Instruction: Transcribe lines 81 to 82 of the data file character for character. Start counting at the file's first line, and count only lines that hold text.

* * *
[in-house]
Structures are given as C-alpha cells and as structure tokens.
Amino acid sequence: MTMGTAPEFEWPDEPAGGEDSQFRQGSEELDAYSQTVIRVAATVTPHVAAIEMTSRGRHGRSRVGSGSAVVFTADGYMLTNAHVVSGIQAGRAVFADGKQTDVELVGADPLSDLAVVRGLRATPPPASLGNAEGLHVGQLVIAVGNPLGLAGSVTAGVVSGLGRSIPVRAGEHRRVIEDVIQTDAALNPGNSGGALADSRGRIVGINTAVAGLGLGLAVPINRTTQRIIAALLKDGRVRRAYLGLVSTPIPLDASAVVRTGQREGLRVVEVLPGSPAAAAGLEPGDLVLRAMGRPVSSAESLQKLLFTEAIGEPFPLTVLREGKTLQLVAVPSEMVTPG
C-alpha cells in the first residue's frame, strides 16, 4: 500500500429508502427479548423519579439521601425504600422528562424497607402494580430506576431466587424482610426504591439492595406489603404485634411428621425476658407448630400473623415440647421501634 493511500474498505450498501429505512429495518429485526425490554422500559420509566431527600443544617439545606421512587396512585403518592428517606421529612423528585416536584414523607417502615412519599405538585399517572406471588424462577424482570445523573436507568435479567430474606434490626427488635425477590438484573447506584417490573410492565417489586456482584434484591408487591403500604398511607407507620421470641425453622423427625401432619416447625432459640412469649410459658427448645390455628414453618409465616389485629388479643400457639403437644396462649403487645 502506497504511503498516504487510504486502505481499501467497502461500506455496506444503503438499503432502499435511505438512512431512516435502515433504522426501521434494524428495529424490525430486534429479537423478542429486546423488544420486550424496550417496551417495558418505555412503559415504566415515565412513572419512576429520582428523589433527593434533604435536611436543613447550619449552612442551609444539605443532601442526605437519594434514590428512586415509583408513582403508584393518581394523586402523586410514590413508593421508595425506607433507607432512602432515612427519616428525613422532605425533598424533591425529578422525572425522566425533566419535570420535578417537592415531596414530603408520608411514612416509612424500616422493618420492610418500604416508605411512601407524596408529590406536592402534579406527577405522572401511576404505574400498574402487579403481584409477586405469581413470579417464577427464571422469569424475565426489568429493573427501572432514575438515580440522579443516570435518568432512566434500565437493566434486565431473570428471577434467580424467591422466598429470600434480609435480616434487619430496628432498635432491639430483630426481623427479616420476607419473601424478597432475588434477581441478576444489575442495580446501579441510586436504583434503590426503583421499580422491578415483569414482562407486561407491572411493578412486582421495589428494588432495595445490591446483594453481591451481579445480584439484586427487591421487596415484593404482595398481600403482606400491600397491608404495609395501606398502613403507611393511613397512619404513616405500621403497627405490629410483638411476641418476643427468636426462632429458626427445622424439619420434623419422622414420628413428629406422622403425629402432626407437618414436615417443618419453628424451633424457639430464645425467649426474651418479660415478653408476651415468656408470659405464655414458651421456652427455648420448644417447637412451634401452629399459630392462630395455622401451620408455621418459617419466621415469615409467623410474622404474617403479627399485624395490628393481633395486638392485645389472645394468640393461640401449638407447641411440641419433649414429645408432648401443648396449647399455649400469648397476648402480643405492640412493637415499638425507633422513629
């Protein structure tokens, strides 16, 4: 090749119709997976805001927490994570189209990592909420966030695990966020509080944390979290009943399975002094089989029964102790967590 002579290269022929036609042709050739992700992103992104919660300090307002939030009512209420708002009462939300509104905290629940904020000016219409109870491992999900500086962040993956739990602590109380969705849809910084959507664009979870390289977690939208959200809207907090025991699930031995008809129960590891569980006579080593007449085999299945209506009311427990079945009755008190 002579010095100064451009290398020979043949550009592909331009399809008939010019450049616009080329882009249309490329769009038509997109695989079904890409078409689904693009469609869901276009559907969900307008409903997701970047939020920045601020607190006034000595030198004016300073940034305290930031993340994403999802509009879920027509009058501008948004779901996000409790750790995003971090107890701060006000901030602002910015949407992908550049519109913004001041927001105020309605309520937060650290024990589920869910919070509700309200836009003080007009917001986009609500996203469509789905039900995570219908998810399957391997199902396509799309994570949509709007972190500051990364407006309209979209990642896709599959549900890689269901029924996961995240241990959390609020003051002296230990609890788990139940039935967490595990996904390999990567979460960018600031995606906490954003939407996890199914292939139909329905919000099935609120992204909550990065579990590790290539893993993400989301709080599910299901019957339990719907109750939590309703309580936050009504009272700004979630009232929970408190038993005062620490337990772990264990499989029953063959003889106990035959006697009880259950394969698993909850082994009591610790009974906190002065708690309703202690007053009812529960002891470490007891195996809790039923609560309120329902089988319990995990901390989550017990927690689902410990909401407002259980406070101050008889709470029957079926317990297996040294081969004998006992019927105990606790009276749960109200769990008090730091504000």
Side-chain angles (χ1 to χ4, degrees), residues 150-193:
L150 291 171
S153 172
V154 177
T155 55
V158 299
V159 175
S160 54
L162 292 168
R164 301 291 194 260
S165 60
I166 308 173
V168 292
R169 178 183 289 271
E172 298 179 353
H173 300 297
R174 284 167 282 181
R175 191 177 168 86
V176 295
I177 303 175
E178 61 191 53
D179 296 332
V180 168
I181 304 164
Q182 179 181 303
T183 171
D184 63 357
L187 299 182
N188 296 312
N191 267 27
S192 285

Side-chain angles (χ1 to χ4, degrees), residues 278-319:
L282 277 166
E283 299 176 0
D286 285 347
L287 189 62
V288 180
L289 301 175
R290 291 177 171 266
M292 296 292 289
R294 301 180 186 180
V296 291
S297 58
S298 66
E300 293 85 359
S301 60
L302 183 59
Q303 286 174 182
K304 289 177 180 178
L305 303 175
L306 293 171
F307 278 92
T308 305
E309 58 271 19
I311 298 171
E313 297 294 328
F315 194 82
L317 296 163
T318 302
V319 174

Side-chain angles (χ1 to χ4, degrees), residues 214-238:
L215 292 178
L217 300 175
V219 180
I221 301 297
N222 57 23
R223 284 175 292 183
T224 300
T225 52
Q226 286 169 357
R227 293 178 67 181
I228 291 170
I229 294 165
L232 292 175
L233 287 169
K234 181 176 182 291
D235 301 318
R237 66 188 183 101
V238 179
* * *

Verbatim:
K234 181 176 182 291
D235 301 318